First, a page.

As a local elector, or an interested person, you have certain legal rights in respect of the accounting records of smaller authorities. As an interested person you can inspect accounting records and related documents. If you are a local government elector for the area to which the accounts relate you can also ask questions about the accounts and object to them. You do not have to pay directly for exercising your rights. However, any resulting costs incurred by the smaller authority form part of its running costs. Therefore, indirectly, local residents pay for the cost of you exercising your rights through their council tax.

The right to inspect the accounting records

 

Any interested person can inspect the accounting records, which includes but is not limited to local electors. You can inspect the accounting records for the financial year to which the audit relates and all books, deeds, contracts, bills, vouchers, receipts and other documents relating to those records. You can copy all, or part, of these records or documents. Your inspection must be about the accounts, or relate to an item in the accounts. You cannot, for example, inspect or copy documents unrelated to the accounts, or that include personal information (Section 26 (6) – (10) of the Act explains what is meant by personal information). You cannot inspect information which is protected by commercial confidentiality. This is information which would prejudice commercial confidentiality if it was released to the public and there is not, set against this, a very strong reason in the public interest why it should nevertheless be disclosed.

 

When smaller authorities have finished preparing accounts for the financial year and approved them, they must publish them (including on a website). There must be a 30 working day period, called the ‘period for the exercise of public rights’, during which you can exercise your statutory right to inspect the accounting records. Smaller authorities must tell the public, including advertising this on their website, that the accounting records and related documents are available to inspect. By arrangement you will then have 30 working days to inspect and make copies of the accounting records. You may have to pay a copying charge. Legislative changes have been made as a result of the restrictions imposed by the Coronavirus for the 2019/20 reporting year which mean that there is no requirement for a common period for public rights. The period for the exercise of public rights must however commence on or before 1 September 2020. The advertisement must set out the dates of the period for the exercise of public rights, how you can communicate to the smaller authority that you wish to inspect the accounting records and related documents, the name and address of the auditor, and the relevant legislation that governs the inspection of accounts and objections.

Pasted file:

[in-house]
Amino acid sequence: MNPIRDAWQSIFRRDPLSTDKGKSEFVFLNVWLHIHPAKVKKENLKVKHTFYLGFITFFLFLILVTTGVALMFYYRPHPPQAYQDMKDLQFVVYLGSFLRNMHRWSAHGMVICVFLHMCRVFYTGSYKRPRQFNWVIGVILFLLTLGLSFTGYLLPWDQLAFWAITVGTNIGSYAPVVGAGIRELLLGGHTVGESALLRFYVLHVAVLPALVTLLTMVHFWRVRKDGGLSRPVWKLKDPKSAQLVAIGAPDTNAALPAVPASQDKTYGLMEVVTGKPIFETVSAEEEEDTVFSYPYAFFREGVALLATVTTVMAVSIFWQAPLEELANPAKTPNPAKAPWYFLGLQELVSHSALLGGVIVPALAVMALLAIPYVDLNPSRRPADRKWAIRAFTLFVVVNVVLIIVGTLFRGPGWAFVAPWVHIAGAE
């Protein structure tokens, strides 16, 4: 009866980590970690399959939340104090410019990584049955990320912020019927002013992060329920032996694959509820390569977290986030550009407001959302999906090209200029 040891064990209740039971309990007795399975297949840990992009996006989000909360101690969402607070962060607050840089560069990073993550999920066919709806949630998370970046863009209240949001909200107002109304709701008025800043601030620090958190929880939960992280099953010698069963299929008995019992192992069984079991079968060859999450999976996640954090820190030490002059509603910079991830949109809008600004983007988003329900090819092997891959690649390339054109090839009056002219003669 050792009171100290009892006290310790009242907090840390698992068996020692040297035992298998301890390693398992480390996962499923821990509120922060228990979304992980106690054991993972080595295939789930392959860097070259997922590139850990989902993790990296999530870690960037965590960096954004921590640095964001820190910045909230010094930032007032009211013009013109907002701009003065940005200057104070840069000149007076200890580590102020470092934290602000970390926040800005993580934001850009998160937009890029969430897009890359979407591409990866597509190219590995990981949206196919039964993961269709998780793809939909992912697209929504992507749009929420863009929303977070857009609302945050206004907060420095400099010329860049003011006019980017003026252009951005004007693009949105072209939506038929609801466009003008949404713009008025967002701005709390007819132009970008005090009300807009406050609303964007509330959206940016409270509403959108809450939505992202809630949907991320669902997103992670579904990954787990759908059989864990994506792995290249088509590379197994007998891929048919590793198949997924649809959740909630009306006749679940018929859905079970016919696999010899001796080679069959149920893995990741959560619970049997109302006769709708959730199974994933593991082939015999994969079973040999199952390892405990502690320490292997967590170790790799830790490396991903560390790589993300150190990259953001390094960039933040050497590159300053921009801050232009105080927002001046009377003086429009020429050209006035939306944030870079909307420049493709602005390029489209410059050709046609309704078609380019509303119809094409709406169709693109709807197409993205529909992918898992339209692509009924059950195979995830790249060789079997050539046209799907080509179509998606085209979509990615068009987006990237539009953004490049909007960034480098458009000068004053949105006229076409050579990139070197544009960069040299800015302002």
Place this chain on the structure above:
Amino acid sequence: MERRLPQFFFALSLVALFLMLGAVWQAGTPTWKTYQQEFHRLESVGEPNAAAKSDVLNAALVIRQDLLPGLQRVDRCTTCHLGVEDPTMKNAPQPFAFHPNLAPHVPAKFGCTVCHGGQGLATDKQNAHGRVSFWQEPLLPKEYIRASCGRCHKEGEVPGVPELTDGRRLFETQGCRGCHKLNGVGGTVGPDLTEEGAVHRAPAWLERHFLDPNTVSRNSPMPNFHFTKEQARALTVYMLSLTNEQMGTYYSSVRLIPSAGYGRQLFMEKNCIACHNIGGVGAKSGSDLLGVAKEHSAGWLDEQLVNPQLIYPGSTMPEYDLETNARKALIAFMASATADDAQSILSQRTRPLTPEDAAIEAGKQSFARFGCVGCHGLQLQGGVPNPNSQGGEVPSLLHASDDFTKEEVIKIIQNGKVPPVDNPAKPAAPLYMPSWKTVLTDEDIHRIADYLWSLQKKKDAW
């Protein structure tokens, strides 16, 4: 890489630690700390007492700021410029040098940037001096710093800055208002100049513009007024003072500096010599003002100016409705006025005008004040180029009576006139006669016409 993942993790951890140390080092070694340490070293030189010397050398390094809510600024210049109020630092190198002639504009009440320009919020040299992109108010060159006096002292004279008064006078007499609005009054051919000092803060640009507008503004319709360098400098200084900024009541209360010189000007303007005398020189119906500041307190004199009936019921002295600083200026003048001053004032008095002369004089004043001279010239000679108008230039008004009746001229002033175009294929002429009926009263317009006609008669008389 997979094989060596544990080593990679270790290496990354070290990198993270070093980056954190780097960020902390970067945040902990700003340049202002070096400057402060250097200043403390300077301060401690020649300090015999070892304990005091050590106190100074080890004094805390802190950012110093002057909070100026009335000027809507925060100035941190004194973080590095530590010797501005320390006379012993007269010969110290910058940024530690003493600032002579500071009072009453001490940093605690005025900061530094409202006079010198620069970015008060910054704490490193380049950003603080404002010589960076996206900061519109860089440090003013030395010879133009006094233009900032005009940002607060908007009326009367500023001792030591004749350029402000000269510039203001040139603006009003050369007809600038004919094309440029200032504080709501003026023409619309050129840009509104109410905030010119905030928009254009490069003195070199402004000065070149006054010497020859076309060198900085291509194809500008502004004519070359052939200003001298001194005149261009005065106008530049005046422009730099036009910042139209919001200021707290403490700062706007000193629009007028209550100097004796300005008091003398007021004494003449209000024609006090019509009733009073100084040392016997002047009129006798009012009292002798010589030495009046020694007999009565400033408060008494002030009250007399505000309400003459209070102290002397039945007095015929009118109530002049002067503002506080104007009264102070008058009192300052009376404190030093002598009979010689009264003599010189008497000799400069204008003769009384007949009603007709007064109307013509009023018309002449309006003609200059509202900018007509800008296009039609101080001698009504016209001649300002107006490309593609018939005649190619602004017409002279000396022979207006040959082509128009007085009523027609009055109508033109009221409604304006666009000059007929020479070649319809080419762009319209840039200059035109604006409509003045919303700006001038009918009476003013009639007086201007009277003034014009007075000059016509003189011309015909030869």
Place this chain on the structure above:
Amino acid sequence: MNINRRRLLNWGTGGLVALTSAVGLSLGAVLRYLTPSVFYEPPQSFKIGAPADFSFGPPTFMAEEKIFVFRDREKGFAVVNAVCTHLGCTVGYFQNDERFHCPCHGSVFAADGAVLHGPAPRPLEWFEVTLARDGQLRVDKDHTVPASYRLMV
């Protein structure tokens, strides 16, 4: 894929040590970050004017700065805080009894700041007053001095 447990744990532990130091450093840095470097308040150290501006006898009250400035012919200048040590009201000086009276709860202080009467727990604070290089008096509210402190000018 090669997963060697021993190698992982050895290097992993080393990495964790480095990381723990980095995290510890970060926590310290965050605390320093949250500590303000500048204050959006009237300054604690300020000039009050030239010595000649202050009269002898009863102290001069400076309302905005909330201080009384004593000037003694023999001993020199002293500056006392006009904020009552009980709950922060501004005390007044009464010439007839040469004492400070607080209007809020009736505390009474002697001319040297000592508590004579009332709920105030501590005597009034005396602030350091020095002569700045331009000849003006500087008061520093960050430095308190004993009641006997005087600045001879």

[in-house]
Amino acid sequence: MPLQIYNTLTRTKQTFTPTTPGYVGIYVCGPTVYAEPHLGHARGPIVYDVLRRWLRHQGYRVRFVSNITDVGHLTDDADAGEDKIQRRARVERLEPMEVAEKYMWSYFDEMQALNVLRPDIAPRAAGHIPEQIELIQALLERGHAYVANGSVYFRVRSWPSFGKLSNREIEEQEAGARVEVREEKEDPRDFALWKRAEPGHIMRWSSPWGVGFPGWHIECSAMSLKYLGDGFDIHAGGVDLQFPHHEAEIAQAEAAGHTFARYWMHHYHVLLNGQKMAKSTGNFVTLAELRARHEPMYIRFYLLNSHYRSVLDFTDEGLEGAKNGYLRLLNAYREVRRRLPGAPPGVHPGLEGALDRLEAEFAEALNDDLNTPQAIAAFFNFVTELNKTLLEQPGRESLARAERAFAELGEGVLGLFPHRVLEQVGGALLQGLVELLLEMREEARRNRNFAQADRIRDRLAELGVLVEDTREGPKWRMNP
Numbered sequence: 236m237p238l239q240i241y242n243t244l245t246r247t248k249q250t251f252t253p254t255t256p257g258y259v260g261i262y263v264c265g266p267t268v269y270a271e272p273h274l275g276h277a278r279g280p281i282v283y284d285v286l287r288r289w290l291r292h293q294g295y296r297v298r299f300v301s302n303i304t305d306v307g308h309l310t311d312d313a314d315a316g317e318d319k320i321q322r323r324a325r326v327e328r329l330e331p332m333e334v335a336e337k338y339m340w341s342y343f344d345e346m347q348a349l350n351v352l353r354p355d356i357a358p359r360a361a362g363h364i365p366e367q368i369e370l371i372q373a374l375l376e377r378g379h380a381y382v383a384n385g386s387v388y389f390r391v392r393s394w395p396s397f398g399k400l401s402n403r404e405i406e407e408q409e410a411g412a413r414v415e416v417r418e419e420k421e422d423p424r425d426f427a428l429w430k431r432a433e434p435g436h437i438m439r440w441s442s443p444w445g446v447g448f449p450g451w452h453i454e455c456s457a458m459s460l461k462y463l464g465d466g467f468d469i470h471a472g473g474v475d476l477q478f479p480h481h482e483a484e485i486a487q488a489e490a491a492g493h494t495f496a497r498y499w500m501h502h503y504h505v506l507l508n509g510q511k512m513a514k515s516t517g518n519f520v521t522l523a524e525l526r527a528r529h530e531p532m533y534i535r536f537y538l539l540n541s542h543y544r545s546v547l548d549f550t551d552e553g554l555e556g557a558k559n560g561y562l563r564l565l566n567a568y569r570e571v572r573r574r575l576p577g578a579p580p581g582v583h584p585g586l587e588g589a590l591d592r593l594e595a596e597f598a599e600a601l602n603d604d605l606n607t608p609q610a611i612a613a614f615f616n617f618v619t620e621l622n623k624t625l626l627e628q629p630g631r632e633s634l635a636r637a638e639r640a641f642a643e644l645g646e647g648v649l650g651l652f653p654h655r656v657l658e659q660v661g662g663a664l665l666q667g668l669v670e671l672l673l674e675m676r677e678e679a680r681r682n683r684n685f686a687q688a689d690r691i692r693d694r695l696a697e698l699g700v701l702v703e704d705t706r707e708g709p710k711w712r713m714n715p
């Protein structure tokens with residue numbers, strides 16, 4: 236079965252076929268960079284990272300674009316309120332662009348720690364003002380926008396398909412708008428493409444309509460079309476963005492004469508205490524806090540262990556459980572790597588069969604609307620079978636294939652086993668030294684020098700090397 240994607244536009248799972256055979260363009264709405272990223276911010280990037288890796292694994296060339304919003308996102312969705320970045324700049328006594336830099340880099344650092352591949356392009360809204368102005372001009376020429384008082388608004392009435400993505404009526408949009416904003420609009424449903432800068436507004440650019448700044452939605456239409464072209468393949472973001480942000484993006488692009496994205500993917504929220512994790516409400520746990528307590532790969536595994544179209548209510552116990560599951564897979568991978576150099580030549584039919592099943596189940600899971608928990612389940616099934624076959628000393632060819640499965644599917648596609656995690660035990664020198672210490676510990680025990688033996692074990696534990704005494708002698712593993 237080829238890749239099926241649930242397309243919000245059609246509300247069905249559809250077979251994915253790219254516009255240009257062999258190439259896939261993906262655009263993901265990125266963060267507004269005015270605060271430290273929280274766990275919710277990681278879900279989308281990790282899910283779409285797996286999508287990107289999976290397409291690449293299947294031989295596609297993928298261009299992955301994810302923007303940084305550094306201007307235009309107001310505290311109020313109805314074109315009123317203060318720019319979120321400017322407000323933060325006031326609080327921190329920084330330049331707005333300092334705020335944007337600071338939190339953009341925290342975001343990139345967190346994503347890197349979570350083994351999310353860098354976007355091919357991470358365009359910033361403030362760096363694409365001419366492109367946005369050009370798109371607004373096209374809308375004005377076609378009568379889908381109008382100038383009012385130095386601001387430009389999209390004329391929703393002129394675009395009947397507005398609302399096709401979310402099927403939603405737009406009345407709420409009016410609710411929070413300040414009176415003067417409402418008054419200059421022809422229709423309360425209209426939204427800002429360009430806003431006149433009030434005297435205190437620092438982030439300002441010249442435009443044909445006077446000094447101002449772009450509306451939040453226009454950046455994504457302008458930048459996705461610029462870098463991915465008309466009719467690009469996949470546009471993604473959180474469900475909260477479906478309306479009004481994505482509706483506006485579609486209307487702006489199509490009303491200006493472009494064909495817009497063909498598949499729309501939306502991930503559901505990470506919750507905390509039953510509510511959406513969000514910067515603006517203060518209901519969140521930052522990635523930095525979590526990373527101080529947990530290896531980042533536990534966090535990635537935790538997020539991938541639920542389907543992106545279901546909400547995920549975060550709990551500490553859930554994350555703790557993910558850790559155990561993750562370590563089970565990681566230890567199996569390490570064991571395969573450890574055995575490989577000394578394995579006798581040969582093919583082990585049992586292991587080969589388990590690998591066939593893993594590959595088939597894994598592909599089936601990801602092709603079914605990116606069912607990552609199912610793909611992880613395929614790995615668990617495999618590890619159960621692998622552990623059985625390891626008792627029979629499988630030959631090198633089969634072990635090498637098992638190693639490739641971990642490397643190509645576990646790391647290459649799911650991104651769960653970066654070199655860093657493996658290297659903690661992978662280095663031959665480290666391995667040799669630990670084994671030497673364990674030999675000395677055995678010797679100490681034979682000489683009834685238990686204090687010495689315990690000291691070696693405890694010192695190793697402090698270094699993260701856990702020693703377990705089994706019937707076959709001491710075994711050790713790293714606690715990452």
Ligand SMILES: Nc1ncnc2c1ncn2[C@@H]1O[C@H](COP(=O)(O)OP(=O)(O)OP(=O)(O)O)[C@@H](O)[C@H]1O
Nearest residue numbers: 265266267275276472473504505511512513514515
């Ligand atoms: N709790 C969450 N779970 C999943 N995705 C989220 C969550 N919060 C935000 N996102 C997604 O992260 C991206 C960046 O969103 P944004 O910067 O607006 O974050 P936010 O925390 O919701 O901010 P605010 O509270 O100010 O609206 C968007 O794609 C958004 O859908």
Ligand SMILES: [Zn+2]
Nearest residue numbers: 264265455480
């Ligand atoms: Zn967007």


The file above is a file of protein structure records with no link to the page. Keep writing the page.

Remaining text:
The right to ask the auditor questions about the accounting records

 

You should first ask your smaller authority about the accounting records, since they hold all the details. If you are a local elector, your right to ask questions of the external auditor is enshrined in law. However, while the auditor will answer your questions where possible, they are not always obliged to do so. For example, the question might be better answered by another organisation, require investigation beyond the auditor’s remit, or involve disproportionate cost (which is borne by the local taxpayer). Give your smaller authority the opportunity first to explain anything in the accounting records that you are unsure about. If you are not satisfied with their explanation, you can question the external auditor about the accounting records.

The law limits the time available for you formally to ask questions. This must be done in the period for the exercise of public rights, so let the external auditor know your concern as soon as possible. The advertisement or notice that tells you the accounting records are available to inspect will also give the period for the exercise of public rights during which you may ask the auditor questions, which here means formally asking questions under the Act. You can ask someone to represent you when asking the external auditor questions.